The Jakarta Post
Indonesian diplomats and servicemen are likely to enjoy Schengen visa waivers soon, as all stakeholders are working to finalize the necessary agreement, according to a Belgian envoy.
Belgian Ambassador to Indonesia Patrick Herman said he was confident an agreement on the visa waiver would be reached in the coming weeks.
The agreement would be reciprocal, since Indonesia recently issued a visa-free status for citizens of all Schengen member countries to visit Indonesia. 'It's almost there. The agreement will be a stepping stone toward further liberalization,' Herman said recently.
Along with France and the Netherlands, Belgium is one of the staunchest supporters of Indonesia obtaining a Schengen visa waiver.
On the sidelines of the UN General Assembly in New York recently, Foreign Affairs Minister Retno LP Marsudi presented data to her French counterpart Laurent Fabius showing that around 150,000 Indonesian tourists visited the Schengen area every year and that the visa rejection rate, at around 1.1 percent, was negligible.
'The data demonstrate there's no reason for Schengen countries to reject our request for visa-free facilities,' she said.
The Schengen zone consists of 22 EU member states and four non-EU member states, namely Iceland, Liechtenstein, Norway and Switzerland.
When asked about security risks for the Schengen area posed by Indonesians with links to terrorist networks, Patrick replied that radicalization was not a problem solely borne by Indonesia, and would not affect the visa-waiver agreement.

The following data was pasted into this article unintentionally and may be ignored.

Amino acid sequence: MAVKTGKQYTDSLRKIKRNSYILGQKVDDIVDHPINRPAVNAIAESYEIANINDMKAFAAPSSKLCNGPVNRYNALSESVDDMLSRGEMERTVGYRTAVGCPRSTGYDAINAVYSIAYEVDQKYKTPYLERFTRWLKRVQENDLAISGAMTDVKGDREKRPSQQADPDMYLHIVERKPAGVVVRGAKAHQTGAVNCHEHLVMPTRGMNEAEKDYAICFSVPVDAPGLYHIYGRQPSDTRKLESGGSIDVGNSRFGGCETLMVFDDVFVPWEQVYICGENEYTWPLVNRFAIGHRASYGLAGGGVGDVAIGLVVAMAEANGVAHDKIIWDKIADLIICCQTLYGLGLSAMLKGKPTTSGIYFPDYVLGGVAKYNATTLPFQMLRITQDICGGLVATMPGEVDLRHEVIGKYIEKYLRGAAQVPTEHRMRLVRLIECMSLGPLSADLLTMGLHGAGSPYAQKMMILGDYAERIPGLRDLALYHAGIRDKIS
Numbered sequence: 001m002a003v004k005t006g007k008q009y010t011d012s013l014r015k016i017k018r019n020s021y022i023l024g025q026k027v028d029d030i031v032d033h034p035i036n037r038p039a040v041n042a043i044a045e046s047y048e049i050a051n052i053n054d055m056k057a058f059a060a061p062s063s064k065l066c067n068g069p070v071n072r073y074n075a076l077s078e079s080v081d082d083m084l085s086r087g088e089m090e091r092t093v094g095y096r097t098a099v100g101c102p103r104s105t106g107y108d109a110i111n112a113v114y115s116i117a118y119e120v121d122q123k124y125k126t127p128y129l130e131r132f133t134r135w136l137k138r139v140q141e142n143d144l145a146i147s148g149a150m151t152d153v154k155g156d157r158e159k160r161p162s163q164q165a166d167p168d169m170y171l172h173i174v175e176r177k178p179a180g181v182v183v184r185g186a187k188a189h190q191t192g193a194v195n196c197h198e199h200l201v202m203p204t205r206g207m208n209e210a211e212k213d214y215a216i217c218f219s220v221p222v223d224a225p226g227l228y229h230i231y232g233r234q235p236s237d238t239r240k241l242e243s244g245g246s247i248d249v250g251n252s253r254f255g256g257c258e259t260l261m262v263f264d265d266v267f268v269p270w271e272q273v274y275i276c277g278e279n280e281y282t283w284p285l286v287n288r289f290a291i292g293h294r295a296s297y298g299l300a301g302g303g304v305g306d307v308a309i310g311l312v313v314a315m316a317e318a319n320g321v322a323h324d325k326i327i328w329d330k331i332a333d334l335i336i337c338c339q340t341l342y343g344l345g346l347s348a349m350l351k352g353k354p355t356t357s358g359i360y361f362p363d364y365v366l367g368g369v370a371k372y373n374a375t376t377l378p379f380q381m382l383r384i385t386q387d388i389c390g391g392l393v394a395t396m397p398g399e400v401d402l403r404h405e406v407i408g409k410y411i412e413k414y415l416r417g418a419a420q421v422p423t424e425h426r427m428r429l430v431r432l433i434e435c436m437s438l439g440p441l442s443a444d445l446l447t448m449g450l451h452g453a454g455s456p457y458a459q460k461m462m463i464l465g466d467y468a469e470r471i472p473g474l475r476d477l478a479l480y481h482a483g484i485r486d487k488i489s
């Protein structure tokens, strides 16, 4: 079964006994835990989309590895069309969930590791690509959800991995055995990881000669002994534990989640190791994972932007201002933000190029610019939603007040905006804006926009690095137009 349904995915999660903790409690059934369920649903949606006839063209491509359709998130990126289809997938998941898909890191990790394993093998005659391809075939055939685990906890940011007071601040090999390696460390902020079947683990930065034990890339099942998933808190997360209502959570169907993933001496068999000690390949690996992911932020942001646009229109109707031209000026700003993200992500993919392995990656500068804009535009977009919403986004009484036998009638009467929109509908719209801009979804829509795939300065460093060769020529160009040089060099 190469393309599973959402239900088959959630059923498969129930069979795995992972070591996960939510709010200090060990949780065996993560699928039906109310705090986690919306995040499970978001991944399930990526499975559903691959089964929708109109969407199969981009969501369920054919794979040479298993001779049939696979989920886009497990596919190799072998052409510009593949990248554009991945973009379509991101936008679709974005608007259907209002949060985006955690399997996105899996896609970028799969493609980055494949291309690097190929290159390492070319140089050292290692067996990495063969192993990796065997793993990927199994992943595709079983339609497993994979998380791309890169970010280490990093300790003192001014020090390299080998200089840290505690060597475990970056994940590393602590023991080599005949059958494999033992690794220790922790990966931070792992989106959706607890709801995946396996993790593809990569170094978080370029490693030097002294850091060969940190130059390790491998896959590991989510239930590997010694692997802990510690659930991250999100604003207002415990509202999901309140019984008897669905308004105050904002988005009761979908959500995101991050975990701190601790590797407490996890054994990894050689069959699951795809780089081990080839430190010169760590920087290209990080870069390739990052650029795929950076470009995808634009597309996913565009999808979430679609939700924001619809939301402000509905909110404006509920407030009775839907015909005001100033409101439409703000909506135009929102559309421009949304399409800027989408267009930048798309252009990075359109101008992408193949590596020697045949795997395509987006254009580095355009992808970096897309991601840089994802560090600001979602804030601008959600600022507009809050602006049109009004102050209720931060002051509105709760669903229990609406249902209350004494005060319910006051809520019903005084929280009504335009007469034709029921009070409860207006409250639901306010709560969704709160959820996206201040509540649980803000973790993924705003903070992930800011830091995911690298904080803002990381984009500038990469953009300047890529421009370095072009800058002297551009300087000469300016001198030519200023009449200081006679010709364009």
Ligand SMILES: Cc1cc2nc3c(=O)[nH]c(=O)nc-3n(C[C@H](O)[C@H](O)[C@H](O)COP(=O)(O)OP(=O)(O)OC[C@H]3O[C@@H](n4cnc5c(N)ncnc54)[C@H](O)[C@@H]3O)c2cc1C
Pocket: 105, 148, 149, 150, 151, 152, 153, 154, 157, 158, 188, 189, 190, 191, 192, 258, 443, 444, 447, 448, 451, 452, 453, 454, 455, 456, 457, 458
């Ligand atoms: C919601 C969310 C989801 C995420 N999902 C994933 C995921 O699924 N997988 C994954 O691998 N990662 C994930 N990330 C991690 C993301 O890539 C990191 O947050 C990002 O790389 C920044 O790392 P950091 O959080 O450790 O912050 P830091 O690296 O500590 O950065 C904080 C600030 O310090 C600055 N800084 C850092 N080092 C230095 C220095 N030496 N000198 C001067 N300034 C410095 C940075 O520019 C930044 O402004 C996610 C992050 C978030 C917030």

'I don't think the issues we have surrounding the visa waiver can be linked with security issues in Indonesia,' he said.
Numerous countries are now faced with the challenges posed by global terrorism and indeed Belgium will look to learn from Indonesia's experience in handling terrorism and religious radicalization when Indonesian and Belgian delegations meet during a visit of Belgium's Princess Astrid in March next year.
The princess will be accompanied by an entourage of Belgian ministers and 250 businesspeople on a visit to strengthen bilateral relations, from expanding business opportunities to cooperation to tackle radicalization.
The last Belgian business delegation was led by then prince Philippe, now the country's king, in 2008. Belgium is currently Indonesia's eighth-biggest European trade partner with a trade volume reaching US$1.8 billion in 2014.
Besides discussing business, the delegation will also meet to update the plan for Indonesia to become the guest country for the 2017 Europalia International Art Festival, which is held throughout Belgium and is expected to attract around 1 million visitors.
Indonesia's visa waiver proposal was delivered to EU foreign relations representative Frederica Mogherini on the sidelines of the EU-ASEAN ministerial meeting in Luxembourg.
The European Commission then included Indonesia on a list of countries eligible for review by the European Council in relation to a possible visa waiver.
The EU currently allows citizens of 51 countries to enter its territory without obtaining Schengen visas, including Japan, South Korea, Singapore and Malaysia.
In May, the EU and Timor Leste signed a short-stay visa-waiver agreement, which provides for visa-free travel for EU citizens when travelling to Timor Leste and for Timorese citizens when travelling to the EU, for a period of 90 days in any 180-day period.
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